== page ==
13. 13. Experimental Setup - continued<br />SVM configuration<br />Cosine kernel (the usual trend in text classification)<br />The cost parameter C must be determined a priori<br />Tried many values for C – kept the best<br />DBN configuration<br />Use of a m-50-50-200-2 DBN architecture (3 hidden layers) with softmax output units and logistic hidden units<br />RBM training was performed using binary vectors for message representation (leads to better performance)<br />Fine tuning by minimizing cross-entropy error (use of frequency vectors)<br />
  14. 14. Experimental Results<br />
  15. 15. Experimental Results - continued<br /><ul><li>The DBN achieves higher accuracy on all datasets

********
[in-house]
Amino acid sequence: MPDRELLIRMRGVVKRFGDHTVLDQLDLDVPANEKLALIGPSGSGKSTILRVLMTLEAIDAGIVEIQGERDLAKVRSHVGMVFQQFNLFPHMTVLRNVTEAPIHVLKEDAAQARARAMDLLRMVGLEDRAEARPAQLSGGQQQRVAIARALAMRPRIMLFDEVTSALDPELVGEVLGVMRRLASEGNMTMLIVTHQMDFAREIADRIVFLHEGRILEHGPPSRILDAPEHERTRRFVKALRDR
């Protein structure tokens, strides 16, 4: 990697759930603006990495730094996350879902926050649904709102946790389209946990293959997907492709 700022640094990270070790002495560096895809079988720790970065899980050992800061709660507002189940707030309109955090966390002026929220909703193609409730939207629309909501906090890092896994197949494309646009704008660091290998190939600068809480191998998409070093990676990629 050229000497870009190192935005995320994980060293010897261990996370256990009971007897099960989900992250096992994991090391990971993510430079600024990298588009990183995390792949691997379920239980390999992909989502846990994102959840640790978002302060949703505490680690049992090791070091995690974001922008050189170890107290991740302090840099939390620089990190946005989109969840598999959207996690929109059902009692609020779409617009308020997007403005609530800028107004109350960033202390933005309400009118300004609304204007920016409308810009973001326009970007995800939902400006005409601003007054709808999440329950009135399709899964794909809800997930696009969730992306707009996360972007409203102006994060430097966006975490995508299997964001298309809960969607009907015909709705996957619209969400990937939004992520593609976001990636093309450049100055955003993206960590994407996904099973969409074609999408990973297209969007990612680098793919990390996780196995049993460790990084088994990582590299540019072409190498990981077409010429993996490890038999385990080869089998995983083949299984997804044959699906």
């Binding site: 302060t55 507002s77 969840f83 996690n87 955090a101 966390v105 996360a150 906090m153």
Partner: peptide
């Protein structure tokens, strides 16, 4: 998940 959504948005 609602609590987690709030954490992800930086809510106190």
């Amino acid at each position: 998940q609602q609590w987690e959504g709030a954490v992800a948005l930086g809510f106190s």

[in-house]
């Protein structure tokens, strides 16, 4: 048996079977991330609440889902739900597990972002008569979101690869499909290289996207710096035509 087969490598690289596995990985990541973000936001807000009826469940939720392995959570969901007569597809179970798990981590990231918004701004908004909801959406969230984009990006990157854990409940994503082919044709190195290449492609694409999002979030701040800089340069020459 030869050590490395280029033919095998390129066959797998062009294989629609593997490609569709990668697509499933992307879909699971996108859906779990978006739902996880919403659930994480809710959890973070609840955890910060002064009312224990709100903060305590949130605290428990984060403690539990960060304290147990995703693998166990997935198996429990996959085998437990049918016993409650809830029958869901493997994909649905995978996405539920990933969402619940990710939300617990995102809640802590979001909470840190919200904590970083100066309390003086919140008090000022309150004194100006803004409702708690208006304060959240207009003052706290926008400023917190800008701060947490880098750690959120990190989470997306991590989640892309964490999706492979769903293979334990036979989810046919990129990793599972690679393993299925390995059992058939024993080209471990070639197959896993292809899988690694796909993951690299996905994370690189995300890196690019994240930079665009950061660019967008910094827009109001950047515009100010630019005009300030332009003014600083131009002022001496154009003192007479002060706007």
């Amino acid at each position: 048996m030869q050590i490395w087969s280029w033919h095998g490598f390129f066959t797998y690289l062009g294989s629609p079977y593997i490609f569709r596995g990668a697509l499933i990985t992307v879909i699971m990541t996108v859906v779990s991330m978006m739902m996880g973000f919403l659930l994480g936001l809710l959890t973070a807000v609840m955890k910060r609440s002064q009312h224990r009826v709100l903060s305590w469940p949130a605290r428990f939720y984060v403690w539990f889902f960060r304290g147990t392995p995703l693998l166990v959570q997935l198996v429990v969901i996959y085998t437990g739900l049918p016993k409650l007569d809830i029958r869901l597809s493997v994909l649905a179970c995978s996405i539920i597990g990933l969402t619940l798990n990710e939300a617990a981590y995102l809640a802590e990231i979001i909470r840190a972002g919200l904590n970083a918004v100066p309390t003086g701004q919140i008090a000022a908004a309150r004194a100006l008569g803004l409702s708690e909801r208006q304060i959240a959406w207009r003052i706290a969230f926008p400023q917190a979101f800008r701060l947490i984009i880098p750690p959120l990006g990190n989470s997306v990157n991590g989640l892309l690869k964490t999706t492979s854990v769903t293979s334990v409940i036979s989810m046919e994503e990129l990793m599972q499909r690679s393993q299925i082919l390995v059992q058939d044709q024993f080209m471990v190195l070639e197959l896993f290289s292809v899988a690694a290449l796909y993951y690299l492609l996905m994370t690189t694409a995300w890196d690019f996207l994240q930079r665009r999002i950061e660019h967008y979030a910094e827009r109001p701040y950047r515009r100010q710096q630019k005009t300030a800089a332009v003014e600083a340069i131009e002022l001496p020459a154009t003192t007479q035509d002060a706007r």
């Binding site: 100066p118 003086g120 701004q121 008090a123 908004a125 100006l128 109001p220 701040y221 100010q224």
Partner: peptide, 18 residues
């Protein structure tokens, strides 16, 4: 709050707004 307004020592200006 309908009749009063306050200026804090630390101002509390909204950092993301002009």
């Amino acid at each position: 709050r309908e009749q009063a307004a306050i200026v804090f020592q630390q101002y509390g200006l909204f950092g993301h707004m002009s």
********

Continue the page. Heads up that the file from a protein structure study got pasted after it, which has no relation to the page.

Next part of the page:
16. 16. Beats the SVM against all measures on SpamAssassin
  17. 17. The DBN proved robust to variations on the number of units of each layer (kept the same architecture in all experiments)</li></ul>DBN training is much slower compared to SVM training<br />A very encouraging resultprovided that SVMs are considered state-of-the-art in spam filtering<br />
  18. 18. Conclusions<br />The effectiveness of the initialization method was demonstrated in practice<br />DBNs constitute a new viable solution to e-mail filtering<br />The selection of the DBN architecture needs to be addressed in a more systematic way<br />Number of layers<br />Number of units in each layer<br />
  19. 19. Thank you for listening<br />Any questions?<br />